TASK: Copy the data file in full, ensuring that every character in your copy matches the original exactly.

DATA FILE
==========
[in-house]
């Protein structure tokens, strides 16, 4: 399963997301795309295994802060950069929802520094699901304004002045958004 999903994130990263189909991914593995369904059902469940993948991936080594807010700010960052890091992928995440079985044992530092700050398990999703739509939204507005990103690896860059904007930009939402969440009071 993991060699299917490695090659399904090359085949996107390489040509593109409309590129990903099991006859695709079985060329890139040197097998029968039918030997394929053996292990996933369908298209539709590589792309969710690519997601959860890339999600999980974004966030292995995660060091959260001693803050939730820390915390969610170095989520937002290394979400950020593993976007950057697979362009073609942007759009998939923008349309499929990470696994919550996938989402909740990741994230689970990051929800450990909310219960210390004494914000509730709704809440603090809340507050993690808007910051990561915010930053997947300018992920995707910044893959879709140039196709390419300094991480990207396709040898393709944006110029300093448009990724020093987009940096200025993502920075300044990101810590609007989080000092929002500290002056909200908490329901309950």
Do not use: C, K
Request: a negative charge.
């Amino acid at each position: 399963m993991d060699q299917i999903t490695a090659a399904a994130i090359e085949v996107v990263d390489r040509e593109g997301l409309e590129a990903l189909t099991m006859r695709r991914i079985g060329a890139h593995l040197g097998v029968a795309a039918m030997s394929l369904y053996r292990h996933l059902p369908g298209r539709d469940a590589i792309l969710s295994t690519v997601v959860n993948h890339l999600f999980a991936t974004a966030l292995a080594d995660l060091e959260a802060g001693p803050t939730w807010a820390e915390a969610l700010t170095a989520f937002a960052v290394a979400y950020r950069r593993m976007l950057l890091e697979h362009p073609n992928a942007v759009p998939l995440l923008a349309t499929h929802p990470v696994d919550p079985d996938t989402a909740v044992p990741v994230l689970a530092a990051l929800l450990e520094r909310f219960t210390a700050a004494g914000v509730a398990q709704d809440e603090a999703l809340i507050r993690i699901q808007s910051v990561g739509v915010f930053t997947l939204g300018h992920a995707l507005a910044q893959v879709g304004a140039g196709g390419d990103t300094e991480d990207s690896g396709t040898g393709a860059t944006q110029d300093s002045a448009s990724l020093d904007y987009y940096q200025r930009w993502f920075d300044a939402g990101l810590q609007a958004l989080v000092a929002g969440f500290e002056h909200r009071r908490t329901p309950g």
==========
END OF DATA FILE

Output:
[in-house]
């Protein structure tokens, strides 16, 4: 399963997301795309295994802060950069929802520094699901304004002045958004 999903994130990263189909991914593995369904059902469940993948991936080594807010700010960052890091992928995440079985044992530092700050398990999703739509939204507005990103690896860059904007930009939402969440009071 993991060699299917490695090659399904090359085949996107390489040509593109409309590129990903099991006859695709079985060329890139040197097998029968039918030997394929053996292990996933369908298209539709590589792309969710690519997601959860890339999600999980974004966030292995995660060091959260001693803050939730820390915390969610170095989520937002290394979400950020593993976007950057697979362009073609942007759009998939923008349309499929990470696994919550996938989402909740990741994230689970990051929800450990909310219960210390004494914000509730709704809440603090809340507050993690808007910051990561915010930053997947300018992920995707910044893959879709140039196709390419300094991480990207396709040898393709944006110029300093448009990724020093987009940096200025993502920075300044990101810590609007989080000092929002500290002056909200908490329901309950």
Do not use: C, K
Request: a negative charge.
């Amino acid at each position: 399963m993991d060699q299917i999903t490695a090659a399904a994130i090359e085949v996107v990263d390489r040509e593109g997301l409309e590129a990903l189909t099991m006859r695709r991914i079985g060329a890139h593995l040197g097998v029968a795309a039918m030997s394929l369904y053996r292990h996933l059902p369908g298209r539709d469940a590589i792309l969710s295994t690519v997601v959860n993948h890339l999600f999980a991936t974004a966030l292995a080594d995660l060091e959260a802060g001693p803050t939730w807010a820390e915390a969610l700010t170095a989520f937002a960052v290394a979400y950020r950069r593993m976007l950057l890091e697979h362009p073609n992928a942007v759009p998939l995440l923008a349309t499929h929802p990470v696994d919550p079985d996938t989402a909740v044992p990741v994230l689970a530092a990051l929800l450990e520094r909310f219960t210390a700050a004494g914000v509730a398990q709704d809440e603090a999703l809340i507050r993690i699901q808007s910051v990561g739509v915010f930053t997947l939204g300018h992920a995707l507005a910044q893959v879709g304004a140039g196709g390419d990103t300094e991480d990207s690896g396709t040898g393709a860059t944006q110029d300093s002045a448009s990724l020093d904007y987009y940096q200025r930009w993502f920075d300044a939402g990101l810590q609007a958004l989080v000092a929002g969440f500290e002056h909200r009071r908490t329901p309950g």